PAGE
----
Revisiting the Lipase from Pseudomonas aeruginosa: Directed Evolution of Substrate Acceptance and Enantioselectivity Using Iterative Saturation Mutagenesis

Authors

  • Dr. Shreenath Prasad,

    1. Max-Planck-Institut für Kohlenforschung, Department of Synthetic Organic Chemistry, Kaiser-Wilhelm-Platz 1, 45470 Mülheim an der Ruhr (Germany), Fax: (+49) 208-306-2985
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  • Dr. Marco Bocola,

    1. Max-Planck-Institut für Kohlenforschung, Department of Synthetic Organic Chemistry, Kaiser-Wilhelm-Platz 1, 45470 Mülheim an der Ruhr (Germany), Fax: (+49) 208-306-2985
    2. Universität Regensburg, Institut für Biophysik und Physikalische Biochemie, Universitätsstraße 31, 93053 Regensburg (Germany)
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  • Prof. Dr. Manfred T. Reetz

    Corresponding author
    1. Max-Planck-Institut für Kohlenforschung, Department of Synthetic Organic Chemistry, Kaiser-Wilhelm-Platz 1, 45470 Mülheim an der Ruhr (Germany), Fax: (+49) 208-306-2985
    2. Philipps-Universität Marburg, Fachbereich Chemie, Hans-Meerwein-Strasse, 35032 Marburg (Germany)
    • Max-Planck-Institut für Kohlenforschung, Department of Synthetic Organic Chemistry, Kaiser-Wilhelm-Platz 1, 45470 Mülheim an der Ruhr (Germany), Fax: (+49) 208-306-2985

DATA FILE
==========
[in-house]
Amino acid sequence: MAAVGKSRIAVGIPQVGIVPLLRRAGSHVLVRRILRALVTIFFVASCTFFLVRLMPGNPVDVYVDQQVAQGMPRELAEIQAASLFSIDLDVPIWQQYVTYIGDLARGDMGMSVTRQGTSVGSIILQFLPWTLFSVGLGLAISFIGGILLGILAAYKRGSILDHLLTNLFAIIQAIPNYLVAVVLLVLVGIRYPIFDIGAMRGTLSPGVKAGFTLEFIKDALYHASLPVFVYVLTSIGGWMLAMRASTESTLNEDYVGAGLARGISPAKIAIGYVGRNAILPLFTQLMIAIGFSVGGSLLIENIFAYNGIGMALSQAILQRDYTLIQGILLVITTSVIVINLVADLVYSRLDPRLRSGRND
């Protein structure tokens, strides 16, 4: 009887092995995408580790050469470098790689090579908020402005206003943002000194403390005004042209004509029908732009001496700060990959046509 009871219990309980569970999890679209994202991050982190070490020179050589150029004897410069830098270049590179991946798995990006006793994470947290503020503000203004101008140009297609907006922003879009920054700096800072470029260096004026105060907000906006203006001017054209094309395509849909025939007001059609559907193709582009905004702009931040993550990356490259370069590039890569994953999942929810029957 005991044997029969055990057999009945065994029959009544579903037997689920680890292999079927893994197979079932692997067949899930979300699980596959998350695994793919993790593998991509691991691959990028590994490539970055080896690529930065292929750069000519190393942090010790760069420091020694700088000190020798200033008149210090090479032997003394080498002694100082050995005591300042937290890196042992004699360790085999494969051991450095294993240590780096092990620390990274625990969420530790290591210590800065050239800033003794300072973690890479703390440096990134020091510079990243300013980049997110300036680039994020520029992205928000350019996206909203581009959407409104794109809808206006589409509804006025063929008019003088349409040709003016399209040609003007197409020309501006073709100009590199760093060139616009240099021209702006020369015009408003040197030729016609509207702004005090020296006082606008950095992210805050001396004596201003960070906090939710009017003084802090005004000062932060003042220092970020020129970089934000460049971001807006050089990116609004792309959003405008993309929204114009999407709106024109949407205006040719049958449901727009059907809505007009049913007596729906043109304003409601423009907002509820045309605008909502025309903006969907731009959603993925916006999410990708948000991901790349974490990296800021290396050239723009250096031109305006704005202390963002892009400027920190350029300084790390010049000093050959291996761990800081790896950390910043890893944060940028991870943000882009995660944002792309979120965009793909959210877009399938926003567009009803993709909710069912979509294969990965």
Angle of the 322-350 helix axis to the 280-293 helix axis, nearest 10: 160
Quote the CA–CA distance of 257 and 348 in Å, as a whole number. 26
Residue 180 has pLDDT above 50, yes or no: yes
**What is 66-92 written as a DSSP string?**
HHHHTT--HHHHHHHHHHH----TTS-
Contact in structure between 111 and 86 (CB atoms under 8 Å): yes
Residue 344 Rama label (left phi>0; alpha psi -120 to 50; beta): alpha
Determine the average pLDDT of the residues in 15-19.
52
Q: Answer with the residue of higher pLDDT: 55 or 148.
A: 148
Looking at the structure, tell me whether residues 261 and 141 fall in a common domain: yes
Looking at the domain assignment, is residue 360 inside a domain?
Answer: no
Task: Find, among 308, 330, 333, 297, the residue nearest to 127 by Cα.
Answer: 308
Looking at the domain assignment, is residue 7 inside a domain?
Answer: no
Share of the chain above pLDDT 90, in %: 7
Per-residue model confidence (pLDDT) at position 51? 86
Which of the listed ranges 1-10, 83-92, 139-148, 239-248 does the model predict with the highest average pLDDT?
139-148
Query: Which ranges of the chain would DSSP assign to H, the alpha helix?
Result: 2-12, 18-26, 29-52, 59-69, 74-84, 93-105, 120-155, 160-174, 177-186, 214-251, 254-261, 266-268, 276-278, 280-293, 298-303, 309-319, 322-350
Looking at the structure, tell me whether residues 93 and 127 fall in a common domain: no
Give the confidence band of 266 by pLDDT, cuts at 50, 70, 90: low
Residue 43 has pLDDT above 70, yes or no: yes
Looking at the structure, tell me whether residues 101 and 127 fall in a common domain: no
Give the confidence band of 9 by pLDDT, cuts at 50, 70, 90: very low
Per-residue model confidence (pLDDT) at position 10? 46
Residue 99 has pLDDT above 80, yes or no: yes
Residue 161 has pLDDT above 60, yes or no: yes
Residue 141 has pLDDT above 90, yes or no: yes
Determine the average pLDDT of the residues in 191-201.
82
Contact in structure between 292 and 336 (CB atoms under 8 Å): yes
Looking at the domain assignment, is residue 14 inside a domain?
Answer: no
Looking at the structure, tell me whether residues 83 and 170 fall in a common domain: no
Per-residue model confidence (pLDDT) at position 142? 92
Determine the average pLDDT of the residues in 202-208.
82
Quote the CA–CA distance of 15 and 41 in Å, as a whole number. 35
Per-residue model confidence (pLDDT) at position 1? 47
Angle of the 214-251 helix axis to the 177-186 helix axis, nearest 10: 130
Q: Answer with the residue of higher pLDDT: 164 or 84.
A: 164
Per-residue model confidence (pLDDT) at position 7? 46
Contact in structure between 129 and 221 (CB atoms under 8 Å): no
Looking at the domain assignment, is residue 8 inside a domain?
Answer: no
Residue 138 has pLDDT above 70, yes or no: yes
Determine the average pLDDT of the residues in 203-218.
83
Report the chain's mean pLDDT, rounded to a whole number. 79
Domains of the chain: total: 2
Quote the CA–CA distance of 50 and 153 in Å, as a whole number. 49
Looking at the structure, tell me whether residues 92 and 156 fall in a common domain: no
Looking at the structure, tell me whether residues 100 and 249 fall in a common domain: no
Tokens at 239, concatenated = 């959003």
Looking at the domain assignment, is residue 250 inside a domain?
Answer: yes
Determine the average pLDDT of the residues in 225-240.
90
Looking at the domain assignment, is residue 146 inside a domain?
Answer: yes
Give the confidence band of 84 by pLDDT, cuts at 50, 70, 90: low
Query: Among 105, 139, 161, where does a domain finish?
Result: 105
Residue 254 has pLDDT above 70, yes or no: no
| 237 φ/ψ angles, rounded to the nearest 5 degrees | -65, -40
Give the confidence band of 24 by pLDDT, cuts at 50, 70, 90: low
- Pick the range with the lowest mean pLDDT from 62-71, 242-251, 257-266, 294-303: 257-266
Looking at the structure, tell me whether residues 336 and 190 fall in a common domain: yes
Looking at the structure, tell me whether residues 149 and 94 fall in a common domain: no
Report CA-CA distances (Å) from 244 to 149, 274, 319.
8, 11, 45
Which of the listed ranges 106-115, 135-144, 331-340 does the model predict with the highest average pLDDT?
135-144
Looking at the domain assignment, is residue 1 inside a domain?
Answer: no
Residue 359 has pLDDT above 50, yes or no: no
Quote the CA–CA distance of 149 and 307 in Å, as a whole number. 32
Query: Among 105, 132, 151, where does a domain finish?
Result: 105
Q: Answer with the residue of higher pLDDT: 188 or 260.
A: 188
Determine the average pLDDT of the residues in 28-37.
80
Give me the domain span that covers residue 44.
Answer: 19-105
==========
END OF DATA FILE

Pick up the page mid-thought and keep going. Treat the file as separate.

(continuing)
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Abstract

The most thoroughly studied enzyme in directed evolution is the lipase from Pseudomonas aeruginosa (PAL) as a catalyst in the hydrolytic kinetic resolution of 2-methyldecanoic acid p-nitrophenyl ester. Seminal studies utilized epPCR, saturation mutagenesis and DNA shuffling or combinations thereof. With current emphasis on efficacy in laboratory evolution, however, we recently applied our previously developed method, iterative saturation mutagenesis (ISM), to the same catalytic system, discovering that this approach is much more efficient than the original strategies. Herein, we consider PAL once more, this time testing ISM as a means to broaden the substrate scope of this lipase by studying bulky substrates of the type 2-phenylalkanoic acid esters as substrates that are not accepted by the WT. Highly active and enantioselective (E up to 436) mutants were evolved, a process that required only small mutant libraries and thus a minimum of screening effort. A theoretical investigation using molecular dynamics simulations and docking experiments revealed the source of enhanced activity and stereoselectivity.

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